The fourth and last research question looked at whether institutional choices under REDD+ present any implications for local democracy. Democracy is viewed as the ‘corrective mechanism’ through which the interests of the majority, and particularly disenfranchised asset-poor groups, can be addressed through democratic representation. The choice and recognition framework was used to examine the effects of institutional choices, in terms of which local partners, high level actors (institutions or individuals) chose to work with at the local level; and the implications of these choices on democratic representation, i.e. accountability and responsiveness. Partnering in this case, involved a transfer of powers (i.e. material resources and decision making powers). In so doing, the intervening agent (which can be the government, private sector, or a donor) confers their local partners with power to act on local needs, thereby bestowing authority and recognition.

The examined project chose to partner with Community Based Organizations (CBOs) and Location Carbon Committees (LCCs), which offered parallel mechanisms of accountability outside state-sanctioned institutions. This choice was predicated upon a historical lack of accountability, inefficiency, and prevalence of corruption among the latter. According to proponents of local democracy, working with single purpose committees and CBOs cannot be considered democratic, because it empowers them at the expense of democratically elected local actors, who are presumed to carry the democratic mandate of the majority. Furthermore, proponents of democracy argue that such single-purpose committees do not provide long-term institutional solutions beyond the life of the project. Yet this study reveals critical and rational reasons why such choices were made; thereby bringing attention to factors that constrain how external actors (development projects and investors) partner with local institutions that may be democratic in theory but not in practice. It also shows how institutions which are not considered to be democratically elected can, nevertheless, facilitate the implementation of some democratic elements such as representation, accountability and responsiveness, thereby providing useful lessons that inform policies and decision makers about how to mainstream these elements into democratically elected government structures.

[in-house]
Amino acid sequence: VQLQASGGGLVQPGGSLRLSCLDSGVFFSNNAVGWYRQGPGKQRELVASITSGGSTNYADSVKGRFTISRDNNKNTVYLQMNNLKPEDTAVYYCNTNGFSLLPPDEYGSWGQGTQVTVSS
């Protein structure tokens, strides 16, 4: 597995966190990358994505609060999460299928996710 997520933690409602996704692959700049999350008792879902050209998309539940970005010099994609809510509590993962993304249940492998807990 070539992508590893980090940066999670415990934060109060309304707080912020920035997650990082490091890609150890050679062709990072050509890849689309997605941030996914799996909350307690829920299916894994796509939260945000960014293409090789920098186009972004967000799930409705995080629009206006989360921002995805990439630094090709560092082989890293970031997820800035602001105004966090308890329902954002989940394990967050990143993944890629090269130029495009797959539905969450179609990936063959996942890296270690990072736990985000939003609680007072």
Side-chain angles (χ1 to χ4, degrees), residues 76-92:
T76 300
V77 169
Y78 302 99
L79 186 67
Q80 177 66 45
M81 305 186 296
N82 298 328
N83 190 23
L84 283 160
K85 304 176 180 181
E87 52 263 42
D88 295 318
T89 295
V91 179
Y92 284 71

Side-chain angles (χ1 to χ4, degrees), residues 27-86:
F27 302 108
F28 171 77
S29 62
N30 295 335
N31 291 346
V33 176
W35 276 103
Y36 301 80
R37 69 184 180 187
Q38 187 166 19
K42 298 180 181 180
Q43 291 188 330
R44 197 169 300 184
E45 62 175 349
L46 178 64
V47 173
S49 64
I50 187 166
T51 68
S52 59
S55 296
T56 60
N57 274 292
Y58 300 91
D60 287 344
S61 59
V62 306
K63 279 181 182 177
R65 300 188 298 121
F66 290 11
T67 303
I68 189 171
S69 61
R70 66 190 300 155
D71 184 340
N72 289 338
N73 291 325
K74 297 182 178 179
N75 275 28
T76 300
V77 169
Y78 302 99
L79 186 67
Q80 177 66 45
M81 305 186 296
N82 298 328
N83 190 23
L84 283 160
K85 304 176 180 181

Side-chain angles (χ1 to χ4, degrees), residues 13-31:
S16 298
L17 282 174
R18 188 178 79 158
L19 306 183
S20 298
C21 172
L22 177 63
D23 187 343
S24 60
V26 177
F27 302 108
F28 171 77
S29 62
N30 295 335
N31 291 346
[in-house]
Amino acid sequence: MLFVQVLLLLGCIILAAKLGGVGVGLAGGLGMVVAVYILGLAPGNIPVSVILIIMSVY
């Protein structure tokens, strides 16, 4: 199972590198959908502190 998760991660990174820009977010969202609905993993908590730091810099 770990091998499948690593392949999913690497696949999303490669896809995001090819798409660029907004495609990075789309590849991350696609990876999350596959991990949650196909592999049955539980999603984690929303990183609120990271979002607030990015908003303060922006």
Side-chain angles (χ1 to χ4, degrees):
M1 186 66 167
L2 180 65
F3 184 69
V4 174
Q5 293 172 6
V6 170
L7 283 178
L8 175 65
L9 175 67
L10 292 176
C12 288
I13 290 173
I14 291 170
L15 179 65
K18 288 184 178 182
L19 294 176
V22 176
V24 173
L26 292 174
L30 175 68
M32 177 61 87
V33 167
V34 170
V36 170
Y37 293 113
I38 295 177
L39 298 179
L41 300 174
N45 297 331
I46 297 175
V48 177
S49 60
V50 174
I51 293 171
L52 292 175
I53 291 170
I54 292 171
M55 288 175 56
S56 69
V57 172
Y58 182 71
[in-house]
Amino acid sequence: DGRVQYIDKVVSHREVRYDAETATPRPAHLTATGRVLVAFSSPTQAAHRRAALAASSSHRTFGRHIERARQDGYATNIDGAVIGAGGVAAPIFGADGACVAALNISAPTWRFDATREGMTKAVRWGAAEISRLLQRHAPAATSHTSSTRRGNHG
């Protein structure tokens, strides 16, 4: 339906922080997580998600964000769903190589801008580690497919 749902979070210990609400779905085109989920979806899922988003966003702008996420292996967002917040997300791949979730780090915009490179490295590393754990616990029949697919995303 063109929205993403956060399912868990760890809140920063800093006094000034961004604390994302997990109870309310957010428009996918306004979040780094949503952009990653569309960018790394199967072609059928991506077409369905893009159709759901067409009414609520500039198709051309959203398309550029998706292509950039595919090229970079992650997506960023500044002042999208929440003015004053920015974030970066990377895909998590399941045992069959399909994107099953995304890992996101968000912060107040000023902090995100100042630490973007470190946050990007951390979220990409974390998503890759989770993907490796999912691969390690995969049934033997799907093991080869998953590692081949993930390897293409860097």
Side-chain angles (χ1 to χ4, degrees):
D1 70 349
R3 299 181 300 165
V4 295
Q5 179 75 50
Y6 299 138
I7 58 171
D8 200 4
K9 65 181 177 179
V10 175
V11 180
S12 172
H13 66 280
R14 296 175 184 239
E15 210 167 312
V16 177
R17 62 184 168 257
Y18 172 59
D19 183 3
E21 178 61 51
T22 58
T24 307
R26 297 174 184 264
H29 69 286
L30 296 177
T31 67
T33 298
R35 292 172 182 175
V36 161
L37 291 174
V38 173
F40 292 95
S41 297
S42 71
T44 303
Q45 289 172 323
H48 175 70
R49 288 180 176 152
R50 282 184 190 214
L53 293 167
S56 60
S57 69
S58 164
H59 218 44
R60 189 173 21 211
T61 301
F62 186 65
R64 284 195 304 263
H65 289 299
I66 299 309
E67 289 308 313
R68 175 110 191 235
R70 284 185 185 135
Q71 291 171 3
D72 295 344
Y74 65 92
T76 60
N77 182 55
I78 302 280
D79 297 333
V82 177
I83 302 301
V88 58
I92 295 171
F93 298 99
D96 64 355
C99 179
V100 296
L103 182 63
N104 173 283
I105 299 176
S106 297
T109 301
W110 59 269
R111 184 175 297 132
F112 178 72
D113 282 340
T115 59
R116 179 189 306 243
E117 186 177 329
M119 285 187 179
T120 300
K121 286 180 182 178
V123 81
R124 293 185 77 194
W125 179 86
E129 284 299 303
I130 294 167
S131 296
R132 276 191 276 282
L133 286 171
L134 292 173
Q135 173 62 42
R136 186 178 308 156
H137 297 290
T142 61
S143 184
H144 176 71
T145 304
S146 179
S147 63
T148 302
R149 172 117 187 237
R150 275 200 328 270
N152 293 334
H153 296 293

Overall, this thesis uses the empirical cases of CBFM and REDD+ to inform how governance aspects (equity, empowerment and democracy) mediate people’s vulnerability and how policy and practical changes can turn the governance risks into opportunities for reducing rural vulnerability.


Thorsten Treue (Principal supervisor), Associate Professor, IFRO, University of Copenhagen, Denmark

Iben Nathan (co-supervisor), Associate Professor, IFRO, University of Copenhagen, Denmark

Peter Minang (co-supervisor), Dr., Consultative Group on International Agricultural Research (CGIAR)

Assesment Committee

Christian Pilegaard, Associate professor, IFRO, University of Copenhagen, Denmark

Anja Nygren, Associate Professor, University of Helsinki, Finland

Mikkel Funder, Social and Institutional specialist, Danish Institute for International Studies (DIIS), Denmark